U.S. stocks rose again Thursday as investors were pleased with a report that showed spending by U.S. consumers grew in July, along with wages and salaries. Health care and technology companies led the way and the Nasdaq composite closed at a record high.
The Commerce Department said consumer spending grew at its fastest pace in three months. Companies that sell everything from cosmetics to toys to shoes advanced as investors bet Americans would shop more. Biotech drug companies, drug distributors, and scientific equipment companies made some of the biggest gains in health care. Technology companies advanced for the fourth day in a row and closed at record highs. Gasoline futures continued to spike as Tropical Storm Harvey left large parts of oil drilling and refining and pipelines out of commission.
The Standard & Poor’s 500 index climbed 14.06 points, or 0.6 percent, to 2,471.65, its highest close in three weeks. That allowed the index to finish August with a tiny gain. The Dow Jones industrial average added 55.67 points, or 0.3 percent, to 21,948.10. The Nasdaq composite gained 60.35 points, or 1 percent, to 6,428.66, above the record high it set in late July. The Russell 2000 index of smaller-company stocks picked up 13.95 points, or 1 percent, to 1,405.28.
Drugmaker Biogen gained $12.83, or 4.2 percent, to a two-year high of $316.58 and Gilead Sciences rose to its highest price in more than a year as it moved up $2.51, or 3.1 percent, to $83.74.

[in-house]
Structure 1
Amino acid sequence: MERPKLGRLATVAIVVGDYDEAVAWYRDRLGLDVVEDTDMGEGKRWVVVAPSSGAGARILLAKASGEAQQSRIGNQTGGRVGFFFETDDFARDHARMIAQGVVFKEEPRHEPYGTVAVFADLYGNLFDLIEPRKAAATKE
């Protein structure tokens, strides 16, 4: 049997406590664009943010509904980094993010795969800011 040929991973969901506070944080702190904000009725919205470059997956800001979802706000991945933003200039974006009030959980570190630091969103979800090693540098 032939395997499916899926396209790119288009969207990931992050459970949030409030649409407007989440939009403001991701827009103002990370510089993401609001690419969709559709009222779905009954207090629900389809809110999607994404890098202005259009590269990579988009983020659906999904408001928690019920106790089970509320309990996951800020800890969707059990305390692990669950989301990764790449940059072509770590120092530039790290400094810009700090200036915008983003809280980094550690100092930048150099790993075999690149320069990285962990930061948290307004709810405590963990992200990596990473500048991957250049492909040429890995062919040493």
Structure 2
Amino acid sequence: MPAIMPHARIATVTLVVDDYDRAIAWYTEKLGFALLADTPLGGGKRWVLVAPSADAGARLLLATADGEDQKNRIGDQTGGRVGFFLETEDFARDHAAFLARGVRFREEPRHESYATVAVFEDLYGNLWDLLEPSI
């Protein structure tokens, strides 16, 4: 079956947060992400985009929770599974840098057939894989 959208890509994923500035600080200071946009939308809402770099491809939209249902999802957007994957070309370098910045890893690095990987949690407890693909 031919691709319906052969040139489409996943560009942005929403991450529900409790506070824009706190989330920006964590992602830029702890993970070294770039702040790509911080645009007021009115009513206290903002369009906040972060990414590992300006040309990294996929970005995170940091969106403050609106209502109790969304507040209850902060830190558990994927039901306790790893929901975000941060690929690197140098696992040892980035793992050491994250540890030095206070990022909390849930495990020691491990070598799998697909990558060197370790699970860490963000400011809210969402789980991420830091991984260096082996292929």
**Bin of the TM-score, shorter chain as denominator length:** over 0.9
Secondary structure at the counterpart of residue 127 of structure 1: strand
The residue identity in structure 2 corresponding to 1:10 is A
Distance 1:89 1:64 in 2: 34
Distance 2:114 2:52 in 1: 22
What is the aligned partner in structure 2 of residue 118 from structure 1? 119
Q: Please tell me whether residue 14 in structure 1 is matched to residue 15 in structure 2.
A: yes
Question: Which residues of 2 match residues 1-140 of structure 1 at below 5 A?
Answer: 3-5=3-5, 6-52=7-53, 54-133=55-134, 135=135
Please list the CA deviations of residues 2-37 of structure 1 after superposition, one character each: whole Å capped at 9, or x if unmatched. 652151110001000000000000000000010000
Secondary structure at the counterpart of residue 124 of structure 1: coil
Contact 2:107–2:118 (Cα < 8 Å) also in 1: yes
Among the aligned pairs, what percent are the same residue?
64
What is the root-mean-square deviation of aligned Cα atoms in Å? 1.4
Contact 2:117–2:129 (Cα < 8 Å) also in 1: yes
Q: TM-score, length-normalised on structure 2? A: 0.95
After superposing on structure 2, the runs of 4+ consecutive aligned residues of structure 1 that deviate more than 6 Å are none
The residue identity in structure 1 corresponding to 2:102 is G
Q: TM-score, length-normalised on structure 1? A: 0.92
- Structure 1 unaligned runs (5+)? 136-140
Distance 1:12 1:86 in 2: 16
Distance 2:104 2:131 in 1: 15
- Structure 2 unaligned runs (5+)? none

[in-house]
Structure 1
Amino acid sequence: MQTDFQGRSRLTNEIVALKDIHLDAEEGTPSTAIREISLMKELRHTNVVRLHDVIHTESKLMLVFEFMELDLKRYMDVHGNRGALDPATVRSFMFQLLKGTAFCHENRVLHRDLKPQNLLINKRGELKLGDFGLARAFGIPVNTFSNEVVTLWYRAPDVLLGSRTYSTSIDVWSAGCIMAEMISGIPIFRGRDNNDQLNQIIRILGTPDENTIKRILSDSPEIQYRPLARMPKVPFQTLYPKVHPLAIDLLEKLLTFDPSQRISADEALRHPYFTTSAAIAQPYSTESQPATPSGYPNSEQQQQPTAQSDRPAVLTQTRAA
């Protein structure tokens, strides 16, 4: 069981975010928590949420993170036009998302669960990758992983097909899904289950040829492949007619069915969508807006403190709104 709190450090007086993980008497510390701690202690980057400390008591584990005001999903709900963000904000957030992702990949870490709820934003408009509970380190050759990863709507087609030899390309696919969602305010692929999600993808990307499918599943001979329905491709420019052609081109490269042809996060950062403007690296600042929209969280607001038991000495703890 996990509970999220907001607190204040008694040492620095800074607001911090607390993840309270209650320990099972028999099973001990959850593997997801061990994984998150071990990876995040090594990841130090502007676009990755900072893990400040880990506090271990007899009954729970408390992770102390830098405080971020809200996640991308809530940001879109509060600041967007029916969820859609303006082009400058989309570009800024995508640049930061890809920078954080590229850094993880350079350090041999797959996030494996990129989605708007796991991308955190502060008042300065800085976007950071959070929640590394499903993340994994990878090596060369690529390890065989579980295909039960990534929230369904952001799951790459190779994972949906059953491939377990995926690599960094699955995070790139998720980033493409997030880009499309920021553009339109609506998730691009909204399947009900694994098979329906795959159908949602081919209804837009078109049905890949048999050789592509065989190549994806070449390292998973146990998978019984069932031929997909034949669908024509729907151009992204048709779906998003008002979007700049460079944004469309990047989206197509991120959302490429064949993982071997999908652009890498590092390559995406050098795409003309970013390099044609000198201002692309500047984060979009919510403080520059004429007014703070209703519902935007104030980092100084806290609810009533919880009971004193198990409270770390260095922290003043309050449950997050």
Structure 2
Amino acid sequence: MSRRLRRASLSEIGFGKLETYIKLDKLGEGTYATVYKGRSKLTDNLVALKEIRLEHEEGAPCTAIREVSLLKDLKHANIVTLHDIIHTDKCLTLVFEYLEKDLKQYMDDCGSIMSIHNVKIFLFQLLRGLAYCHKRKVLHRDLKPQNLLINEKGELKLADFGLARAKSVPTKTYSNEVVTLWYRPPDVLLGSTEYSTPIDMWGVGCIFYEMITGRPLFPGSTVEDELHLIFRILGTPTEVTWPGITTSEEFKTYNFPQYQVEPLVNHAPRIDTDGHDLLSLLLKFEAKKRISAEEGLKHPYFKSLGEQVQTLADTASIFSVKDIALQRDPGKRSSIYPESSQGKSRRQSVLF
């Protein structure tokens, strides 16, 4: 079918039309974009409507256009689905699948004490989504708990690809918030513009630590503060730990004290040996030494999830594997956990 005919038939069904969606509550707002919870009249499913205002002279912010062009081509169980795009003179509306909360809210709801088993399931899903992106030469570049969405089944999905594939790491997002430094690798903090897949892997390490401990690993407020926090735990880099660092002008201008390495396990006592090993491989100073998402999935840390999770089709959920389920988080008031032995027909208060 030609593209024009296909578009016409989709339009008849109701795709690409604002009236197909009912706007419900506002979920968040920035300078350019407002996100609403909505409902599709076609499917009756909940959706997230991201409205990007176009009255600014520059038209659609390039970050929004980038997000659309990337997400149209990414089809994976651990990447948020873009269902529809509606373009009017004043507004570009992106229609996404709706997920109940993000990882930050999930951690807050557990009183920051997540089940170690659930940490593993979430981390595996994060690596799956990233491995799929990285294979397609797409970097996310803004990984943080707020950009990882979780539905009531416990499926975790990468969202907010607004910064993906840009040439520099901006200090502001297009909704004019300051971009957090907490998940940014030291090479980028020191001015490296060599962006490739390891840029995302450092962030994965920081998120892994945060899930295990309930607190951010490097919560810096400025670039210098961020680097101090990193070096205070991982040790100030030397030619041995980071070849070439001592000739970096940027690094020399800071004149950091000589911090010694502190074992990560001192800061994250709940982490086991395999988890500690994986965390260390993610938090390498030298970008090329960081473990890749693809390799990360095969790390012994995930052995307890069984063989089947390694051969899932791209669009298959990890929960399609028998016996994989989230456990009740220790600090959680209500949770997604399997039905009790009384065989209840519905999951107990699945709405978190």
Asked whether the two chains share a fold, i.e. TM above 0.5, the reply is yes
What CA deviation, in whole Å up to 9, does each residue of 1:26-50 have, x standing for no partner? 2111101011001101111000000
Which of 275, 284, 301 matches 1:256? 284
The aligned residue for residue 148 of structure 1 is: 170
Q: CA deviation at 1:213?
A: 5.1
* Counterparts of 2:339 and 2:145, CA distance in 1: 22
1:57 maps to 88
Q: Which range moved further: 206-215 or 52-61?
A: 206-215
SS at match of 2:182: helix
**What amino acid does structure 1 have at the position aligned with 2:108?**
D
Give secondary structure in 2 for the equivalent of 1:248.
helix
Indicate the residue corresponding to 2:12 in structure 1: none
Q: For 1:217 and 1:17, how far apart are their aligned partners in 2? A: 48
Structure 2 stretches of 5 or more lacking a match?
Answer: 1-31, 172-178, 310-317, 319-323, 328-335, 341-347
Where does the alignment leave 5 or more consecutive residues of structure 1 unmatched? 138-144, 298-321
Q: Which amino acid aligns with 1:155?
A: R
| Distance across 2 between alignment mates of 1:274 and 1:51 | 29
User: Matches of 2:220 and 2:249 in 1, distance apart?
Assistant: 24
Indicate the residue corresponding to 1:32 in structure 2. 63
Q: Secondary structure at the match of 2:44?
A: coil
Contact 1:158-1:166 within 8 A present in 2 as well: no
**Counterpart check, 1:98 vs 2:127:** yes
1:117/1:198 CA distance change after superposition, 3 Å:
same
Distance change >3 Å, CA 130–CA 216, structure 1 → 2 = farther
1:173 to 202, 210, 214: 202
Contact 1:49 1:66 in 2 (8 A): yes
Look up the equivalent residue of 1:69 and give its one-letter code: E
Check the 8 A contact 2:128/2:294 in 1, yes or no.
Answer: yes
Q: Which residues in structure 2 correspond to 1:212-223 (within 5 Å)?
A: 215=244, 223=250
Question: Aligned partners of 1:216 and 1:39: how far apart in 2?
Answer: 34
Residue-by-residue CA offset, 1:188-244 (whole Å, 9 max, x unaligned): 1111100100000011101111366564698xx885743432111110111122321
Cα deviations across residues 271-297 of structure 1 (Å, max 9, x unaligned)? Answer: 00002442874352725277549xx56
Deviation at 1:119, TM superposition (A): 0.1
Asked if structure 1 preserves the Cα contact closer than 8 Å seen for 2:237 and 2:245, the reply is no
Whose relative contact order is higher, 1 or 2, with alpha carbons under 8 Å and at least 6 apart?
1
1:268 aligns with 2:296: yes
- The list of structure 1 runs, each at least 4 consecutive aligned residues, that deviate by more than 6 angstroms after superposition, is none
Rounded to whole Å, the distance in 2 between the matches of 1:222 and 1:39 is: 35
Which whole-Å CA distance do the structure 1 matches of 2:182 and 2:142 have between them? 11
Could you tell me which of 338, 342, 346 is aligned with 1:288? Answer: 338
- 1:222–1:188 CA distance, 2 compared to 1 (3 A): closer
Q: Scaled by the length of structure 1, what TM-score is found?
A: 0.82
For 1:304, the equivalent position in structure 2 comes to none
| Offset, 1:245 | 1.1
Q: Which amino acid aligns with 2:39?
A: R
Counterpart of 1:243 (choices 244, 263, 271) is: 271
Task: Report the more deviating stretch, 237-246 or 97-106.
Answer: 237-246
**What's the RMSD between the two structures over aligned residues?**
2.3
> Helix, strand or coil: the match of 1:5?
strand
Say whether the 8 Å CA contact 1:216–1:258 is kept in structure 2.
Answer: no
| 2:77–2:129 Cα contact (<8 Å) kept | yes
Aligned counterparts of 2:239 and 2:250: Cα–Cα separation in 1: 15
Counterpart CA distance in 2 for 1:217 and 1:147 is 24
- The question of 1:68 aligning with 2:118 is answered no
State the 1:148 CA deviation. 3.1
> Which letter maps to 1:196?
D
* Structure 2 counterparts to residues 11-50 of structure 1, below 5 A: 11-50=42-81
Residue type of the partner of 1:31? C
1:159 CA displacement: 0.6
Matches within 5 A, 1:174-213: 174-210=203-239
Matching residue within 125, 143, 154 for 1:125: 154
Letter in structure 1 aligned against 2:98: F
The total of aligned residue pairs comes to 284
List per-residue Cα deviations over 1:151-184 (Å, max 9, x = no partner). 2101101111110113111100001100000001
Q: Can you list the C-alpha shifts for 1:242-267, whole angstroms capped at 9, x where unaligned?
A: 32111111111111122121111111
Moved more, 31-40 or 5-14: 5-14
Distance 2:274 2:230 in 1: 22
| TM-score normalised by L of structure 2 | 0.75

Technology companies, which are trading at record highs, rose for the fourth day in a row. Alphabet, Google’s parent company, gained $11.61, or 1.2 percent, to $955.24 and Microsoft picked up 76 cents, or 1 percent, to $74.77.
Among retailers, Amazon gained $13.01, or 1.3 percent, to $980.60. Jewelry seller Tiffany added $3.75, or 4.3 percent, to $91.40. Tool maker Stanley Black & Decker picked up $4.22, or 3 percent, to $144.
After three days of losses linked to Tropical Storm Harvey, benchmark U.S. crude jumped $1.27, or 2.8 percent, to $47.23 a barrel in New York as the rains hitting the Gulf Coast began to abate. Brent crude, used to price international oils, added $1.52, or 3 percent, to $52.38 a barrel in London.
Already at two-year highs, wholesale gasoline prices climbed at an even faster pace as some refining operations and pipelines around the Gulf Coast region remained offline. The price of wholesale gasoline surged 26 cents, or 13.5 percent, to $2.14 a gallon.
Heating oil rose 8 cents, or 5 percent, to $1.76 a gallon and natural gas gained 10 cents, or 3.4 percent, to $3.04 per 1,000 cubic feet.
Discount retailer Dollar General reported a bigger profit and better sales than Wall Street expected, but it said discounts hurt its profit margins. The stock had rallied since early July, but on Thursday it lost $4.17, or 5.4 percent, to $72.56.
Bond prices moved higher. The yield on the 10-year Treasury note fell to 2.12 percent from 2.13 percent.
Gold rose $8.10 to $1,322.20 an ounce. Silver gained 7 cents to $17.58 an ounce. Copper added 1 cent to $3.10 a pound.
The dollar dipped to 109.98 yen from 110.36 yen. The euro rose to $1.1903 from $1.1890.
Germany’s DAX rose 0.4 percent and the French CAC 40 gained 0.6 percent. The British FTSE 100 advanced 0.9 percent. In Tokyo, the Nikkei 225 gained 0.7 percent and Hong Kong’s Hang Seng shed 0.4 percent and Seoul’s Kospi lost 0.4 percent.